0
$\begingroup$

I have a linear regression model, where the outcome variable diagnosis is a categorical variable representing a tumor being either "malignant" or "benign":

lm(diagnosis ~ radius + perimeter + compactness + smoothness, ...)

I'm not sure how to interpret the regression coefficients for the binary categorical variable here. For instance, the variable smoothness has a regression coefficient of $16.9805981$, how would we interpret this? Something like: a 1 unit increase in smoothness.stderr increases the probability of diagnosis=1 (i.e. malignant) by 16.9805981?

$\endgroup$
1

1 Answer 1

0
$\begingroup$

If "diagnosis" is coded as either 0 or 1, then your interpretation is in the ballpark. There are issues with causality, ceteris paribus, and estimates vs actual, but you have the right idea.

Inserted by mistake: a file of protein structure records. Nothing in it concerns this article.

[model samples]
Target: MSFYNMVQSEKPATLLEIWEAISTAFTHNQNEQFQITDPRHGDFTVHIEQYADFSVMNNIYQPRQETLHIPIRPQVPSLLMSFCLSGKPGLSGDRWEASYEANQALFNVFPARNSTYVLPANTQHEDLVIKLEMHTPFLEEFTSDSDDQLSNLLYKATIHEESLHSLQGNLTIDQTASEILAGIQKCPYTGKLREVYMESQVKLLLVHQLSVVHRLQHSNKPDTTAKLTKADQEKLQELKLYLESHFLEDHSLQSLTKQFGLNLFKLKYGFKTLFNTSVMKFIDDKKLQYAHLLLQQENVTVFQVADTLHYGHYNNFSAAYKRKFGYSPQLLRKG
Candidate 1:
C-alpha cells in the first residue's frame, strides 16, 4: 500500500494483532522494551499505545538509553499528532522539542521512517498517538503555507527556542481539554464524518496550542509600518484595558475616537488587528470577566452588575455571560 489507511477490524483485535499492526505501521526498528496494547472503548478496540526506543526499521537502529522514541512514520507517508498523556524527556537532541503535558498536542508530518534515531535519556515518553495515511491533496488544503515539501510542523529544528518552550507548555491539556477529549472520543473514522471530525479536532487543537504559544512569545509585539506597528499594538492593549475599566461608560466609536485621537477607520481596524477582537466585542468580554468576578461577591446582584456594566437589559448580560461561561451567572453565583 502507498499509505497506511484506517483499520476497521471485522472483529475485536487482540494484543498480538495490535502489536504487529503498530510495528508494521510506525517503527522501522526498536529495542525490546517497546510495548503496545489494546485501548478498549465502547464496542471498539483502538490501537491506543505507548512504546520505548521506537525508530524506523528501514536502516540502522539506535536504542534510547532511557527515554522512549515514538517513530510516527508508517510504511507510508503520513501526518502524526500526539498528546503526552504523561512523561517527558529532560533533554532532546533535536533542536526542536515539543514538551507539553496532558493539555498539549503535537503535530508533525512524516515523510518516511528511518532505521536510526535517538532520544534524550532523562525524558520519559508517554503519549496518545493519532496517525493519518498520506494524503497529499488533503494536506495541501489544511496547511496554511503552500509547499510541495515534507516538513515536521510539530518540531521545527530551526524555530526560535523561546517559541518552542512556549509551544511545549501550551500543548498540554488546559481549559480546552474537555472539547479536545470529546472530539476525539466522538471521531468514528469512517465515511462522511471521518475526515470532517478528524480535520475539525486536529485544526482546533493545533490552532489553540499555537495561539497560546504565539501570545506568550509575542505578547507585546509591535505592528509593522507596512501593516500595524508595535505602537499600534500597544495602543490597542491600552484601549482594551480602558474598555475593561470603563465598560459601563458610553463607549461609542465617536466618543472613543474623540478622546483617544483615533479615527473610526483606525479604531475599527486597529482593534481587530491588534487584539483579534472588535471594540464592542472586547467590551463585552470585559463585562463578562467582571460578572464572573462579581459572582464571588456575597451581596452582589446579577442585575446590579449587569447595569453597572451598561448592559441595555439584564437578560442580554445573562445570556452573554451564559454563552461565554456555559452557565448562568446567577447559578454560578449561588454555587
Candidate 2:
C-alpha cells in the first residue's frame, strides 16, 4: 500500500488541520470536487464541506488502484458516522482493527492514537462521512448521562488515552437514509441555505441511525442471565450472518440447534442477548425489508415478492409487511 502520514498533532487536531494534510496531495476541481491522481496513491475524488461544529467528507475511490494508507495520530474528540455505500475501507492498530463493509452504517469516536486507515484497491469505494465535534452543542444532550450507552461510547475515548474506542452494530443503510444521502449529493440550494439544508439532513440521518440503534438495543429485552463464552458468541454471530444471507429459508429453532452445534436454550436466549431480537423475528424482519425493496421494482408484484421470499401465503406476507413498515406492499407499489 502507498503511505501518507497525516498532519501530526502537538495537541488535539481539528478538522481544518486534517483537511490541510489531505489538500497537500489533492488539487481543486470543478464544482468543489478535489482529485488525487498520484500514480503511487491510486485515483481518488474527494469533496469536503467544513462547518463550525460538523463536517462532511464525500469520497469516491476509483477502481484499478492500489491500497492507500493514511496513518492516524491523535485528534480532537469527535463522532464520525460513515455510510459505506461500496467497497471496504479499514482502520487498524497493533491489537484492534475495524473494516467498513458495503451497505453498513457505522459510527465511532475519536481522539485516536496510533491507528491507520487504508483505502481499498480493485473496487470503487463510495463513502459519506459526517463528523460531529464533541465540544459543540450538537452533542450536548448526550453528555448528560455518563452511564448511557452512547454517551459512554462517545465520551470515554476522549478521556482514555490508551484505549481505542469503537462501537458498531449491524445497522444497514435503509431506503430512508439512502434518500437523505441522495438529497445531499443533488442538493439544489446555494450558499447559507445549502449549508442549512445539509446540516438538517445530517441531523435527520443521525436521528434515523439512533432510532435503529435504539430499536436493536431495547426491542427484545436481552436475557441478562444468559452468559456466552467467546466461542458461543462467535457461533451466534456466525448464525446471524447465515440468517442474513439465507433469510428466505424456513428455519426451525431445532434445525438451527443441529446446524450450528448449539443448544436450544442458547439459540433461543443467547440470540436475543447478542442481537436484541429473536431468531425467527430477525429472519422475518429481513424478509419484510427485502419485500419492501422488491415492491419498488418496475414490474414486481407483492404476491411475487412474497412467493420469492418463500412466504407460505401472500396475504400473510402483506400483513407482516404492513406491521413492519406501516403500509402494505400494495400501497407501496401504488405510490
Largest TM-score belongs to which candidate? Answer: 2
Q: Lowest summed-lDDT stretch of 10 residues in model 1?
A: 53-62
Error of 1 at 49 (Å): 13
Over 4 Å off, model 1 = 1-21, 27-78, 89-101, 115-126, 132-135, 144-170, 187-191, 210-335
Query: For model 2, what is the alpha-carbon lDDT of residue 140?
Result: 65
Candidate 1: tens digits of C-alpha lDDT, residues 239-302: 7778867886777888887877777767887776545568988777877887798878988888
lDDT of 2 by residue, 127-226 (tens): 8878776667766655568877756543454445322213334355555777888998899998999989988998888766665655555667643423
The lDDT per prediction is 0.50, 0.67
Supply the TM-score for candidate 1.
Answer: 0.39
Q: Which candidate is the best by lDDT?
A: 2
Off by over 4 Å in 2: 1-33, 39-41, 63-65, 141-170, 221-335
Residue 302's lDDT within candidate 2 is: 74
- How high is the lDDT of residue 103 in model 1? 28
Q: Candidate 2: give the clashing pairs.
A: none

But the result is indeed strange, so I would guess that you have something like 0,100 instead of 0,1 for "diagnosis"; or that the "smoothness" variable has a very small sdev so that a one unit increase is out of bounds; or maybe that there is extreme multicollinearity, which might imply a one unit increase is out of bounds, ceteris paribus.

Or maybe there is some other mistake, like reading the output wrong.

Finally, you should use logistic regression here.

$\endgroup$

Your Answer

By clicking “Post Your Answer”, you agree to our terms of service and acknowledge you have read our privacy policy.

Not the answer you're looking for? Browse other questions tagged or ask your own question.